I was lucky to have two present and supportive parents growing up, but you inevitably have other people who take on outsized importance when you’re young. There are those who you never meet but whose repeated presence imprints something upon your mind. It makes those people evoke memories of the blissful simplicity of youth.
In a sports-obsessed household like mine, head coaches were such figures. Steve Spurrier was on the TV at various times on Saturday for games and then again on the VCR for his coach’s show during lunch on Sunday for about a dozen weekends a year. Brian Hill of the Orlando Magic was one whose televised face visited my house with even more regularity. They were pictures of winning and authority.
Anyone on TV could be make any kind of impact, of course, like the comforting presences of Mister Rogers or Bob Ross. Bob Opsahl, former news anchor of Orlando’s ABC affiliate, was on many weekday evenings. I was too young to fully understand what he told us each day, but his steady delivery made it seem like anything going on in the world was explicable and not, as is so often the case, the product of unknowably complex systems interacting.
My first game at Florida Field, as far as I can tell, was the 1989 Kentucky game. It’s the oldest ticket stub I have in my collection from when I was a kid, and I was four-years-old at the time. My parents had season tickets, so that collection has a lot of entries, but that one is the oldest I have.
By the time I first witnessed Gator football in person, George Edmondson had been leading two bits cheers for 40 years. He was as much or more a Florida football institution as any single person was. His tenure had recently extended into his seventh head coach — interim Gary Darnell, after the sixth, Galen Hall, had been fired earlier that season — and that count would reach eleven by the time he hung up his yellow shirt, striped tie, and whistle.
The only thing that could compete with him, I suppose, was the institution of the Pride of the Sunshine marching band. I may be biased here, though, as someone who learned the words to the UF alma mater and “We Are the Boys From Old Florida” before the lyrics of the national anthem. In any event, quality play on the field certainly couldn’t vie for preeminence. Edmondson’s raison d’être for becoming Mr. Two Bits, after all, was his disgust at Gator fans booing the team during the 1949 season. Let no one tell you that the UF faithful only became fickle after 1990.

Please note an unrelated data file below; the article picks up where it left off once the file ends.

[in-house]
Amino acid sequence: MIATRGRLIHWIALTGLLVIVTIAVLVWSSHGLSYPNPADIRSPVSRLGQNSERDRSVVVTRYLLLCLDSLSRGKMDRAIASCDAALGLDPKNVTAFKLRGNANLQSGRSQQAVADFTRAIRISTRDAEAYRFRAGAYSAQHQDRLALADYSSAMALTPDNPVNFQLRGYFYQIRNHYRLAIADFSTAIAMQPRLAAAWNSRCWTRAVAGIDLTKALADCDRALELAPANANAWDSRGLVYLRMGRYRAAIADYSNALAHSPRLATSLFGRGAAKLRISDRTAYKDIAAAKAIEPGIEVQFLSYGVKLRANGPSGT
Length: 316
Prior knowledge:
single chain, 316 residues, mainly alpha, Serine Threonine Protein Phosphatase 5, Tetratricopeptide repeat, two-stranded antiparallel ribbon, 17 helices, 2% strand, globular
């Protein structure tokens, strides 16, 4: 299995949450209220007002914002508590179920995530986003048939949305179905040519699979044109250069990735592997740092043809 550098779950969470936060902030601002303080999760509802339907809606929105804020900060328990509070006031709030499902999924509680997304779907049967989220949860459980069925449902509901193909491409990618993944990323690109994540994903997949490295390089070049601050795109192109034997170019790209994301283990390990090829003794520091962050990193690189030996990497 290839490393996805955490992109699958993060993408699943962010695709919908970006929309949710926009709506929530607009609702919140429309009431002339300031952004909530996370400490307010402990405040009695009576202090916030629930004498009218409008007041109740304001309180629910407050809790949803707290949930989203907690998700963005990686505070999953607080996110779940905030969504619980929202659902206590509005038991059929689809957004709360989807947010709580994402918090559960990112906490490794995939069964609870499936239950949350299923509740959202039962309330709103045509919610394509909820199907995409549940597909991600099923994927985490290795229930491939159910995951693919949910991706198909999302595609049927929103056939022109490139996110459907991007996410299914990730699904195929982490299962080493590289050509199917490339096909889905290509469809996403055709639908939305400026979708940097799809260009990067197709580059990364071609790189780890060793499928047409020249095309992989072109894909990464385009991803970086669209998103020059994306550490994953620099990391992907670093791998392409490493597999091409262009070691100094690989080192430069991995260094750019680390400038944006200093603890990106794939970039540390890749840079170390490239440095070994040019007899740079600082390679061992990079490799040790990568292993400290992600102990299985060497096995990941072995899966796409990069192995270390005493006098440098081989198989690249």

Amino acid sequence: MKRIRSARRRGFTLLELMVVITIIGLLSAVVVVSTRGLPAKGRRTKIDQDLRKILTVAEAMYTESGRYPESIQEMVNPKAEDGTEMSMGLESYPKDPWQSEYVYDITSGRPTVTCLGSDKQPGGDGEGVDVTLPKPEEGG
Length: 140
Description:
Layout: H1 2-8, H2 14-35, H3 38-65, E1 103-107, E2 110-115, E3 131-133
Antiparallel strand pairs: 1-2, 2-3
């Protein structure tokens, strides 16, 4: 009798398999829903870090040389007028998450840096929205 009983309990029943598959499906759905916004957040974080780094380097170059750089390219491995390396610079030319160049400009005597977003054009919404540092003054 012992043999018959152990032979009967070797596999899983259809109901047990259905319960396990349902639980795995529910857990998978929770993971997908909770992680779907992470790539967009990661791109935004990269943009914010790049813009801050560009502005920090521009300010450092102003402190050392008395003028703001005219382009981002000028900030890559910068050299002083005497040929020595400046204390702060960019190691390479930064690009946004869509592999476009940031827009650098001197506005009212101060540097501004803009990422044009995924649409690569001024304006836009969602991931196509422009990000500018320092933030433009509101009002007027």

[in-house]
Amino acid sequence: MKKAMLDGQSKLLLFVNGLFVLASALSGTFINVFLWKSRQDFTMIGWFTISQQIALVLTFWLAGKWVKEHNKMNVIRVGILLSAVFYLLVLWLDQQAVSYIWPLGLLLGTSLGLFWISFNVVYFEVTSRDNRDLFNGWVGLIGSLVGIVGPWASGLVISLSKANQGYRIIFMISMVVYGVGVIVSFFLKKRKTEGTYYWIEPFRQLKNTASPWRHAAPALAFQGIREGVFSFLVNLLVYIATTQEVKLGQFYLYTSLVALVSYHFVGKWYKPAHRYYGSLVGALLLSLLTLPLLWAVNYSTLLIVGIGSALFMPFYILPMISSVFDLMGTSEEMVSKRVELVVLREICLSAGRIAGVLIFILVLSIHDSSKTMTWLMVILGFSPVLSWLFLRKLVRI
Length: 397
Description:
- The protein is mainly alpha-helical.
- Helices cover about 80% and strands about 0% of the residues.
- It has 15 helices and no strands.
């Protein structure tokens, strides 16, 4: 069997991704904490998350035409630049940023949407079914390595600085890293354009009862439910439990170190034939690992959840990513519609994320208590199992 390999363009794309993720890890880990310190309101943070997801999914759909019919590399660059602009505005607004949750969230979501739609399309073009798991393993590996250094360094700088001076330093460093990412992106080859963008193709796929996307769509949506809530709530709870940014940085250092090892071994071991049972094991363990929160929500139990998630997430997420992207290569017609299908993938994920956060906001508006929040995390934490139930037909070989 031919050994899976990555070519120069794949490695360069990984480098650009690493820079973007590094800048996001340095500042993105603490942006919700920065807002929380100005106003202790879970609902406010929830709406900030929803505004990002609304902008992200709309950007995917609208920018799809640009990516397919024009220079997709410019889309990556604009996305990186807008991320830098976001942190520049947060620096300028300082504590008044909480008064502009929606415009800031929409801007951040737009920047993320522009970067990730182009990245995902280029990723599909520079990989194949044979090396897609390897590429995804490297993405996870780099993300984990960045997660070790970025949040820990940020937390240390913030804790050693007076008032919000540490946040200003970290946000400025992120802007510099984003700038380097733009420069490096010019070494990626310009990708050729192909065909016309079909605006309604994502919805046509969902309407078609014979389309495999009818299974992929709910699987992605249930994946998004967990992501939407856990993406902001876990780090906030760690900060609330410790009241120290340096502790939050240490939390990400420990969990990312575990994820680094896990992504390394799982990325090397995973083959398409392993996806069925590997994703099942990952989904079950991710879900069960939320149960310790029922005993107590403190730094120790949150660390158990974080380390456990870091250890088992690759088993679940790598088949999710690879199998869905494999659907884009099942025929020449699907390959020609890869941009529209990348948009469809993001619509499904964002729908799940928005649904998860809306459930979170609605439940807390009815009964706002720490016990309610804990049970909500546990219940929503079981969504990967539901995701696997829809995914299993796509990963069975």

The two bits cheer became one of the primary ways I learned to gauge the rhythm of the game. The ambient crowd energy did too, but sometimes people got worked up over uncalled penalties I couldn’t see or big plays I was fully accustomed to as a child of the Spurrier era. Edmondson was the north star, the one I could rely on to know when the games were in doubt or not.
There would be times when the Gators would run up the score on some poor team like Southeastern Louisiana or New Mexico State that was just there to collect a paycheck. We’d be lucky to get five of his two bits cheers in total and any after halftime.
Then there were the big ones against Auburn, Tennessee, or FSU. When the game was tight late into the fourth quarter, Edmondson became a magical figure. I’d see him across the way conducting the two bits cheer in the upper deck of the north end zone. Then somehow, it seemed like two plays later he’d be in the lower bowl of the southwest side to lead the cheer before appearing in the dead center of the student section one play after that. How he got around the stadium so quickly is a miracle I never want to know the mechanics of.
As I got older, I began to understand football a lot better. I didn’t need Mr. Two Bits to let me know when the game was truly in a big spot or not. Even so, I never ceased getting a thrill when he’d show up in our section. It was like getting to see a president or a pope up close, but then you actually got to do something with him. Who cares that thousands of other people were also doing it? I could’ve sworn that he’d look me in the eye every time before starting up his routine to make sure I was in on it too. As much as anyone else, Edmondson was a giant figure of my youth.
There are a lot of great things about growing older and becoming an adult. One of the drawbacks is the recognition of mortality. Everyone, even the ones you love unconditionally, won’t be around forever. That’s the way of life, and it is right to be that way.
I do feel comfortable in predicting that the honorary Mr. Two Bits tradition that started up in 2013 will outlive me. Whenever I can make it back to the Swamp, I will see a recently graduated Gator great or military honoree raise the sign and lead the cheer. I can go back to being eight-years-old and watching the original Mr. Two Bits fire up the crowd. Maybe a hundred years from now, when a rivalry with Miami is no longer possible because the sea has swallowed up that city, a new tradition will take its place. I will not be there to see it, and that’s enough for me.
I hope and expect the university will put up some kind of commemorative signage for Edmondson this fall. There’s an argument that it should’ve been done while he was alive to see it, but I get the idea that he didn’t mind. He started the two bits cheers to rally the crowd behind the team, and every time Albert, or a celebrity guest, or even just your section’s most passionate fan got up to lead the cheer, he was receiving a living tribute that no inanimate sign or statue can match.
A new generation of Gators is growing up now who never saw the original Mr. Two Bits lead his signature cheer, yet they revere it no less than I did when I was that age. Edmondson, creator of Florida football’s greatest tradition, has become a true legend in that way, and true legends never die.